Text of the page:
Concussions are a hot topic, especially regarding the potential for long term health issues. The recent Hollywood movie “Concussion” is based around some current research that has looked at concussions and its association with long term depression and suicide in NFL athletes. With the growing media coverage around concussions, and numerous professional athletes stating long term debilitating effects due to concussions, parents are starting to doubt putting their kids in high-risk sports such as football and hockey. A recent poll in the States found that roughly 40-45% of parents are considering pulling their kids out of contact sports such as football, hockey and wrestling, due to the higher risk of sustaining a concussion. Fortunately, there is lots of research and public awareness surrounding concussions, which is educating parents, coaches and athletes. Unfortunately, along with this increase in concussion knowledge comes potentially misleading information, which is either not fully supported by research or in the early stages of development.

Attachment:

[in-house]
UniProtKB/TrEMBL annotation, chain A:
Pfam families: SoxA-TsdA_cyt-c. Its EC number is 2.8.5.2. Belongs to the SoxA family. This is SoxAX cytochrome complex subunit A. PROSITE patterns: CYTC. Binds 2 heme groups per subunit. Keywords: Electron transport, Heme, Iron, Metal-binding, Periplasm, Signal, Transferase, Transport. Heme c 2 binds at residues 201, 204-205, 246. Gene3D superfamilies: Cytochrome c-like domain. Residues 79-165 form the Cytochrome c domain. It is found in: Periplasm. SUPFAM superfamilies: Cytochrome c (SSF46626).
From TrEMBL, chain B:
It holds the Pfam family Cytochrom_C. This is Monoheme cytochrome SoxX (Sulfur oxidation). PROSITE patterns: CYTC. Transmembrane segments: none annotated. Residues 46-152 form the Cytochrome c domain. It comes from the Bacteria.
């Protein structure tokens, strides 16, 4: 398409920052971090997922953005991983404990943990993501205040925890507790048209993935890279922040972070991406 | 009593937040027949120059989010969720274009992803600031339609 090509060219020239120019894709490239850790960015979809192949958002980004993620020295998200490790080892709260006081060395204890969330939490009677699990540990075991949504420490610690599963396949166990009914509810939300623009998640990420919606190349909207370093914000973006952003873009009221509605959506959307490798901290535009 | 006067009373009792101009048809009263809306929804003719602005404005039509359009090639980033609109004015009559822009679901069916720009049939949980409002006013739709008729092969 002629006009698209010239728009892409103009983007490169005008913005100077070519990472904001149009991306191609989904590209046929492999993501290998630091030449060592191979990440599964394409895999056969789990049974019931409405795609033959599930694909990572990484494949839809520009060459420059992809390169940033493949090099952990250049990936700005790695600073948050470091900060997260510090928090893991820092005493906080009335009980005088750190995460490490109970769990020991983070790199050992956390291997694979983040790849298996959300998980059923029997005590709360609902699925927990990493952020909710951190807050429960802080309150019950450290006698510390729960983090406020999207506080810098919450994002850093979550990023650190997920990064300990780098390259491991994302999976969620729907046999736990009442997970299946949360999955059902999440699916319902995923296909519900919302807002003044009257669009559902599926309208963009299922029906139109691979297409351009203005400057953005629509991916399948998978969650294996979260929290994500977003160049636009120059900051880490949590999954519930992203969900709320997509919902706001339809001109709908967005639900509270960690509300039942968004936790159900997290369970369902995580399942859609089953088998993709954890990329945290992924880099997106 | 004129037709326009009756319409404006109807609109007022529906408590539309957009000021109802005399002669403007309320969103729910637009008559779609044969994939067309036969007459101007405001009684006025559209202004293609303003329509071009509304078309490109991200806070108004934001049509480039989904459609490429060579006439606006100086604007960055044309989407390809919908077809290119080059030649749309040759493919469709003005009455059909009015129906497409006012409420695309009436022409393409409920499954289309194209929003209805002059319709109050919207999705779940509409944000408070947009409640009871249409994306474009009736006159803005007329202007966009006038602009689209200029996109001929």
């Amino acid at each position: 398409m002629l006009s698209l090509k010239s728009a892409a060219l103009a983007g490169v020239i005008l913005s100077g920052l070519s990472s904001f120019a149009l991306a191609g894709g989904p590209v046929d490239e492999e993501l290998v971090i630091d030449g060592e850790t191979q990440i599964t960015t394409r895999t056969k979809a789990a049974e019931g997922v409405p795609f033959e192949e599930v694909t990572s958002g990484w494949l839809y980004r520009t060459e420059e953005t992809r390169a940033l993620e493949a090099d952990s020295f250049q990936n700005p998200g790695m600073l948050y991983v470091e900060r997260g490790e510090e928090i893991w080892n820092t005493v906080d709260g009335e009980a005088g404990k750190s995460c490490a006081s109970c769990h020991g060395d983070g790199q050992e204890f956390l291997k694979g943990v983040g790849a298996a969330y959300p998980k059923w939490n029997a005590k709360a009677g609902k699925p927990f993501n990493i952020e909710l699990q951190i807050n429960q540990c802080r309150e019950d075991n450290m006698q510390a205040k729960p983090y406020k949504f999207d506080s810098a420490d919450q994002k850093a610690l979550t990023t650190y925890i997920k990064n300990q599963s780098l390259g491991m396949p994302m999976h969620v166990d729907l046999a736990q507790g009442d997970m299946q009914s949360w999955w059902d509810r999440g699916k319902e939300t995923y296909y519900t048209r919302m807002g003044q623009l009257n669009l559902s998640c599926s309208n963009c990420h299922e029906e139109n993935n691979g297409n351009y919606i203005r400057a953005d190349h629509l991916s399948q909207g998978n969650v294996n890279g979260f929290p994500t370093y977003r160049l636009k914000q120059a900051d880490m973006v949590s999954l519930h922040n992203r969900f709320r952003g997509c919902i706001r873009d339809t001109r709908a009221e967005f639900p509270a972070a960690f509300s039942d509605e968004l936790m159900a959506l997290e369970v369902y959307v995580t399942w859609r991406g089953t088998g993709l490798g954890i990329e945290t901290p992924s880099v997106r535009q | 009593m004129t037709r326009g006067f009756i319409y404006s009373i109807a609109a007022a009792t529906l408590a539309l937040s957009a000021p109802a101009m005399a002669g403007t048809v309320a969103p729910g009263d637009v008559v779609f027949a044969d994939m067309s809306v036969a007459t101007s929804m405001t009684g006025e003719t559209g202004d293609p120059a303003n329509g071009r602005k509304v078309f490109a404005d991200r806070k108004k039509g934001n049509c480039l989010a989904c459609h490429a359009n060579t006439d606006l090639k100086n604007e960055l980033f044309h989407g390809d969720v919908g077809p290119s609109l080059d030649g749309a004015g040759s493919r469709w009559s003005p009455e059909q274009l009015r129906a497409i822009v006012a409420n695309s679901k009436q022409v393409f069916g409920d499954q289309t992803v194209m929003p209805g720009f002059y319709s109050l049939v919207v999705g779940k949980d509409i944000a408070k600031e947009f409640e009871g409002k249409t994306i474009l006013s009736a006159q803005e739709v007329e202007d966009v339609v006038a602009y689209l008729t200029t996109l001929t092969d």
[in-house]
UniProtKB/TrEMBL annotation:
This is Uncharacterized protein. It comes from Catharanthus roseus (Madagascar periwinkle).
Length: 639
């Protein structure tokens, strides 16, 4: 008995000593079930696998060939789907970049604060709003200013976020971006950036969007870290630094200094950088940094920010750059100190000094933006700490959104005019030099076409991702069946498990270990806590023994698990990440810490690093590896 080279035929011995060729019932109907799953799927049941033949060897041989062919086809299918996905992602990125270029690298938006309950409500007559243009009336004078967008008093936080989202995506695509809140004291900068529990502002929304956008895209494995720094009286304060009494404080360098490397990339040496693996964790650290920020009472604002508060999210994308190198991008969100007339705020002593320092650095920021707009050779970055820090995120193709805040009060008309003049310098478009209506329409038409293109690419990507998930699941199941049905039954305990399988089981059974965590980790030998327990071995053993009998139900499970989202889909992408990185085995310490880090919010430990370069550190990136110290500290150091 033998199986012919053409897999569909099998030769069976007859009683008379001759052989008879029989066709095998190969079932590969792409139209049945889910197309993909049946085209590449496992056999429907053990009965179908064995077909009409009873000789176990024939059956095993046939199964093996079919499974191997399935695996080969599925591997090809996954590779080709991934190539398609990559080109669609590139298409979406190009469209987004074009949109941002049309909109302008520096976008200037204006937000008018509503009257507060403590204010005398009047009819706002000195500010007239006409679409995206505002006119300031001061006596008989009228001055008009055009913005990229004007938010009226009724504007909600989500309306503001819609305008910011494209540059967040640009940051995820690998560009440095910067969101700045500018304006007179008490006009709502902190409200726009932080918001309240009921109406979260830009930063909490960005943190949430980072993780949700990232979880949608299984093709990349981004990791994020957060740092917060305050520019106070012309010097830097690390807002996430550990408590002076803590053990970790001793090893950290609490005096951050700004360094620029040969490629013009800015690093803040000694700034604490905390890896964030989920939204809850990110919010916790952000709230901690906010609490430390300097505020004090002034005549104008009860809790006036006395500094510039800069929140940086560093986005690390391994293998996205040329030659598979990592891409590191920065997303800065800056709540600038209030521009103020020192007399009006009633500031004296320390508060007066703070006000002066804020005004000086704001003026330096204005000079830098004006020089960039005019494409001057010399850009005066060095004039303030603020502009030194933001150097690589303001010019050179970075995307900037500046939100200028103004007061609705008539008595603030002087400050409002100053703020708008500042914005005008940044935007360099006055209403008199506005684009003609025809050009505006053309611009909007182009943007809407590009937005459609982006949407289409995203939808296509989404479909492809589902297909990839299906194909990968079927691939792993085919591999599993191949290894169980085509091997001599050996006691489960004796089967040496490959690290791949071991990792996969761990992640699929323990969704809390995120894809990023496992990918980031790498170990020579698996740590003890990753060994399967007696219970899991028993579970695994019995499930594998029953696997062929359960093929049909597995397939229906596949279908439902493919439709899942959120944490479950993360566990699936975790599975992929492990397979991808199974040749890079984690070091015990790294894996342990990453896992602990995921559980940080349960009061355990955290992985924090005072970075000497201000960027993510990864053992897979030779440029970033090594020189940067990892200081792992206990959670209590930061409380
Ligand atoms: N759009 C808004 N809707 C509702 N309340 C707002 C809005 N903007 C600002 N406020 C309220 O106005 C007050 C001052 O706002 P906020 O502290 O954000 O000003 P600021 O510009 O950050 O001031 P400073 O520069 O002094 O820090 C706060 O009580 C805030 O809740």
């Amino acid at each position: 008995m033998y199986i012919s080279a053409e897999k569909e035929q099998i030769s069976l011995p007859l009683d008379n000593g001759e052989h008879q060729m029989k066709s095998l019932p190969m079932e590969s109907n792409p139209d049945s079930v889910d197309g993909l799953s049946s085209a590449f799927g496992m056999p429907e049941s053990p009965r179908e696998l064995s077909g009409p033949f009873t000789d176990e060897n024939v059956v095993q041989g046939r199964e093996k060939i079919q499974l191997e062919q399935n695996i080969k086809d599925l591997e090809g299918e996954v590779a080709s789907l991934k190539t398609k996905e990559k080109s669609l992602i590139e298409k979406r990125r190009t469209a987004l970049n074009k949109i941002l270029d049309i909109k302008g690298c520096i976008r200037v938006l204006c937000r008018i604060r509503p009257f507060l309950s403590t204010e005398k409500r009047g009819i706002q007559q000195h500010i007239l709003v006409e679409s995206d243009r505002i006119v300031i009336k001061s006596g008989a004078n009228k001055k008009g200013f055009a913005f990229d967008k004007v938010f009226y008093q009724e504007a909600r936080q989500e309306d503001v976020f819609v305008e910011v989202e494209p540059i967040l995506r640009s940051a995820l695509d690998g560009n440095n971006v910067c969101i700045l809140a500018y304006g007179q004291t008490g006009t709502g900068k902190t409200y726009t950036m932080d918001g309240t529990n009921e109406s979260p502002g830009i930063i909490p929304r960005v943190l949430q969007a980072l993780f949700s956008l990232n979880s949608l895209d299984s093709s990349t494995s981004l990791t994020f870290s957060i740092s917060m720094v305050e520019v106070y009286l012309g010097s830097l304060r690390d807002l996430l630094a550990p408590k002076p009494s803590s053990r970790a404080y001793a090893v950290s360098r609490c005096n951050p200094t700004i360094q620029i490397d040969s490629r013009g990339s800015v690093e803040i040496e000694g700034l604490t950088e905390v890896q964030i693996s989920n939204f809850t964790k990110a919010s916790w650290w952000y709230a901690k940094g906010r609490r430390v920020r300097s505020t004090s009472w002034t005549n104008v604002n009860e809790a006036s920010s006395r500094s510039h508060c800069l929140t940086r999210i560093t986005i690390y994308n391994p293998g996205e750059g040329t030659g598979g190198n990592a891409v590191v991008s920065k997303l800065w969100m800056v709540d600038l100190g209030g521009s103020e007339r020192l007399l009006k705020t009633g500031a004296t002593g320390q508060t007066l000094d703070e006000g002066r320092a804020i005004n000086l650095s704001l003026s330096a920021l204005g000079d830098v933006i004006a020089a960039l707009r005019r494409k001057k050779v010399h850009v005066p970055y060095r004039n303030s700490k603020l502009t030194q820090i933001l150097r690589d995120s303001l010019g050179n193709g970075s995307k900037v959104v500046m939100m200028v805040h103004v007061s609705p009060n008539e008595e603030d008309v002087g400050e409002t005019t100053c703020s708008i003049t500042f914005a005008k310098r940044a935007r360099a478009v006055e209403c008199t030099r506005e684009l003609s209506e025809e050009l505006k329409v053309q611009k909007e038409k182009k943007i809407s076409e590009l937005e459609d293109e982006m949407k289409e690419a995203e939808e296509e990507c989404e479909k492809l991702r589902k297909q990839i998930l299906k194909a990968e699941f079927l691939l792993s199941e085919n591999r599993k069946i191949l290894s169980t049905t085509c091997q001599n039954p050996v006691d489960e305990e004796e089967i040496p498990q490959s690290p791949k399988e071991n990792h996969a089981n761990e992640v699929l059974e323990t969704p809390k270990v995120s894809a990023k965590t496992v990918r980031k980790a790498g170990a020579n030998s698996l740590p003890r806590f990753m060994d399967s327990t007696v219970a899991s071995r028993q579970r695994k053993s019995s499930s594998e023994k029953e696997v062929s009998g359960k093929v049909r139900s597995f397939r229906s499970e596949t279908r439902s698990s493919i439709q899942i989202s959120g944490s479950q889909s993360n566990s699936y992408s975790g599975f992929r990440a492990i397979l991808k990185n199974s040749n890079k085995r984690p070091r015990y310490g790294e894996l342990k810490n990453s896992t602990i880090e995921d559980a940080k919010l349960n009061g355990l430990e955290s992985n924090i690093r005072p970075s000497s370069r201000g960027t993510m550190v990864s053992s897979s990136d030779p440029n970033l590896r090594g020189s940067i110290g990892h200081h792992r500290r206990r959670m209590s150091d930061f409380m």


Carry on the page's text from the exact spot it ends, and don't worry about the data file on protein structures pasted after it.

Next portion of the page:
Last month a group of researchers out of the University of Toronto published a study on the risk of suicide post concussion (Fralick et al., 2016). Their results were not very optimistic, as they found that adults with a diagnosis of concussion had an increased long term risk of suicide 3 times the population norm. These results quickly got picked up by